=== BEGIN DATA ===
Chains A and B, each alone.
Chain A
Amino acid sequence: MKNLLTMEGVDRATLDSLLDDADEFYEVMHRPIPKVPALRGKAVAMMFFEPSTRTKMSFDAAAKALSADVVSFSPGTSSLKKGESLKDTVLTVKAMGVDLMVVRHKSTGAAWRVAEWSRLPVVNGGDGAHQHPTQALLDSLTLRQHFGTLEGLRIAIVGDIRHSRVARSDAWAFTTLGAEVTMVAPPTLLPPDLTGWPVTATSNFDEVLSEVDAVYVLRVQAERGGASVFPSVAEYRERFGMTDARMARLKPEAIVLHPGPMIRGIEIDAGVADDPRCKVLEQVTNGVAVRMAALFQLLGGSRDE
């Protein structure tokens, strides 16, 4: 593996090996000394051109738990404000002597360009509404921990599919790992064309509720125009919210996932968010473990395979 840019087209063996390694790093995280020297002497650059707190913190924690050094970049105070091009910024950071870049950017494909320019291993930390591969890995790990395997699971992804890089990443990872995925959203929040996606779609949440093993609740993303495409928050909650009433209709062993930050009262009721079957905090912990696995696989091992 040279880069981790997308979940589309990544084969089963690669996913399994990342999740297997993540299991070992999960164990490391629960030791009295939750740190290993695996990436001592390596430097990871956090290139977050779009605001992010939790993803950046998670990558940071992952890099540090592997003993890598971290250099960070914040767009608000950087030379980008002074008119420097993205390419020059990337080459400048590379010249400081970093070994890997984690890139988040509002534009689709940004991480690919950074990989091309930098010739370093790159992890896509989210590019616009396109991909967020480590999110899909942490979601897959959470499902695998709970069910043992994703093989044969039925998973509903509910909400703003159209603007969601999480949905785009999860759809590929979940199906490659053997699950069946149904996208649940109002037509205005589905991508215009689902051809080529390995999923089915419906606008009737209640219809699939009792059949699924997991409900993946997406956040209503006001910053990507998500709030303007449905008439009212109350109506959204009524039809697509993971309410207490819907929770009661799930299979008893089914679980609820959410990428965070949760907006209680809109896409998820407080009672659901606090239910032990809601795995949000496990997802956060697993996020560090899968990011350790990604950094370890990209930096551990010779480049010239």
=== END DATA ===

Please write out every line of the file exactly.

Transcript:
Chains A and B, each alone.
Chain A
Amino acid sequence: MKNLLTMEGVDRATLDSLLDDADEFYEVMHRPIPKVPALRGKAVAMMFFEPSTRTKMSFDAAAKALSADVVSFSPGTSSLKKGESLKDTVLTVKAMGVDLMVVRHKSTGAAWRVAEWSRLPVVNGGDGAHQHPTQALLDSLTLRQHFGTLEGLRIAIVGDIRHSRVARSDAWAFTTLGAEVTMVAPPTLLPPDLTGWPVTATSNFDEVLSEVDAVYVLRVQAERGGASVFPSVAEYRERFGMTDARMARLKPEAIVLHPGPMIRGIEIDAGVADDPRCKVLEQVTNGVAVRMAALFQLLGGSRDE
């Protein structure tokens, strides 16, 4: 593996090996000394051109738990404000002597360009509404921990599919790992064309509720125009919210996932968010473990395979 840019087209063996390694790093995280020297002497650059707190913190924690050094970049105070091009910024950071870049950017494909320019291993930390591969890995790990395997699971992804890089990443990872995925959203929040996606779609949440093993609740993303495409928050909650009433209709062993930050009262009721079957905090912990696995696989091992 040279880069981790997308979940589309990544084969089963690669996913399994990342999740297997993540299991070992999960164990490391629960030791009295939750740190290993695996990436001592390596430097990871956090290139977050779009605001992010939790993803950046998670990558940071992952890099540090592997003993890598971290250099960070914040767009608000950087030379980008002074008119420097993205390419020059990337080459400048590379010249400081970093070994890997984690890139988040509002534009689709940004991480690919950074990989091309930098010739370093790159992890896509989210590019616009396109991909967020480590999110899909942490979601897959959470499902695998709970069910043992994703093989044969039925998973509903509910909400703003159209603007969601999480949905785009999860759809590929979940199906490659053997699950069946149904996208649940109002037509205005589905991508215009689902051809080529390995999923089915419906606008009737209640219809699939009792059949699924997991409900993946997406956040209503006001910053990507998500709030303007449905008439009212109350109506959204009524039809697509993971309410207490819907929770009661799930299979008893089914679980609820959410990428965070949760907006209680809109896409998820407080009672659901606090239910032990809601795995949000496990997802956060697993996020560090899968990011350790990604950094370890990209930096551990010779480049010239």